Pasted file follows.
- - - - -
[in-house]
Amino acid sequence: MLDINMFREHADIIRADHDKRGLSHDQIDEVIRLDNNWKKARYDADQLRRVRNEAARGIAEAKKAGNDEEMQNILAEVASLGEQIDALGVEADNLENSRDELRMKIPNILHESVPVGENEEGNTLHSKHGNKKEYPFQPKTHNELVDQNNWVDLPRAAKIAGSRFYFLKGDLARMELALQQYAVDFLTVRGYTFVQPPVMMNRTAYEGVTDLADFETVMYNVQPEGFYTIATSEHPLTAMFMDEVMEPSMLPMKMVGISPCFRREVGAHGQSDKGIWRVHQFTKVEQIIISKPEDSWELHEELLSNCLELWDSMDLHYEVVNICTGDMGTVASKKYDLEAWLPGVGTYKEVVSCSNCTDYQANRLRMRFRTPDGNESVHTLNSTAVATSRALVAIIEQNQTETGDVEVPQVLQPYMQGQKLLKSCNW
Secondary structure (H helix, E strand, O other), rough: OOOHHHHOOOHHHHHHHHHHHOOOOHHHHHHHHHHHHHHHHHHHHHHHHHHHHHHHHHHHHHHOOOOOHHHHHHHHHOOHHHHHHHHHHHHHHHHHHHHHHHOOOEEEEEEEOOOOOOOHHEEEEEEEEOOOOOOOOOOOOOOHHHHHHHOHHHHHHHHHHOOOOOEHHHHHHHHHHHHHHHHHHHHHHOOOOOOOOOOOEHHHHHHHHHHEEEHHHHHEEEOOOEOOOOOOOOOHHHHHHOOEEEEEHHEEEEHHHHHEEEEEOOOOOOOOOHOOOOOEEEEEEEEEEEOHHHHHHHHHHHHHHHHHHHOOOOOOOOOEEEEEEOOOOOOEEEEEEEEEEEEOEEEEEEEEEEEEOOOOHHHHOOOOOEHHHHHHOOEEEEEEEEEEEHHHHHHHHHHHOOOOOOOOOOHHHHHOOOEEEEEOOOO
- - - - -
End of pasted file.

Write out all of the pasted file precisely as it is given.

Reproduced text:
[in-house]
Amino acid sequence: MLDINMFREHADIIRADHDKRGLSHDQIDEVIRLDNNWKKARYDADQLRRVRNEAARGIAEAKKAGNDEEMQNILAEVASLGEQIDALGVEADNLENSRDELRMKIPNILHESVPVGENEEGNTLHSKHGNKKEYPFQPKTHNELVDQNNWVDLPRAAKIAGSRFYFLKGDLARMELALQQYAVDFLTVRGYTFVQPPVMMNRTAYEGVTDLADFETVMYNVQPEGFYTIATSEHPLTAMFMDEVMEPSMLPMKMVGISPCFRREVGAHGQSDKGIWRVHQFTKVEQIIISKPEDSWELHEELLSNCLELWDSMDLHYEVVNICTGDMGTVASKKYDLEAWLPGVGTYKEVVSCSNCTDYQANRLRMRFRTPDGNESVHTLNSTAVATSRALVAIIEQNQTETGDVEVPQVLQPYMQGQKLLKSCNW
Secondary structure (H helix, E strand, O other), rough: OOOHHHHOOOHHHHHHHHHHHOOOOHHHHHHHHHHHHHHHHHHHHHHHHHHHHHHHHHHHHHHOOOOOHHHHHHHHHOOHHHHHHHHHHHHHHHHHHHHHHHOOOEEEEEEEOOOOOOOHHEEEEEEEEOOOOOOOOOOOOOOHHHHHHHOHHHHHHHHHHOOOOOEHHHHHHHHHHHHHHHHHHHHHHOOOOOOOOOOOEHHHHHHHHHHEEEHHHHHEEEOOOEOOOOOOOOOHHHHHHOOEEEEEHHEEEEHHHHHEEEEEOOOOOOOOOHOOOOOEEEEEEEEEEEOHHHHHHHHHHHHHHHHHHHOOOOOOOOOEEEEEEOOOOOOEEEEEEEEEEEEOEEEEEEEEEEEEOOOOHHHHOOOOOEHHHHHHOOEEEEEEEEEEEHHHHHHHHHHHOOOOOOOOOOHHHHHOOOEEEEEOOOO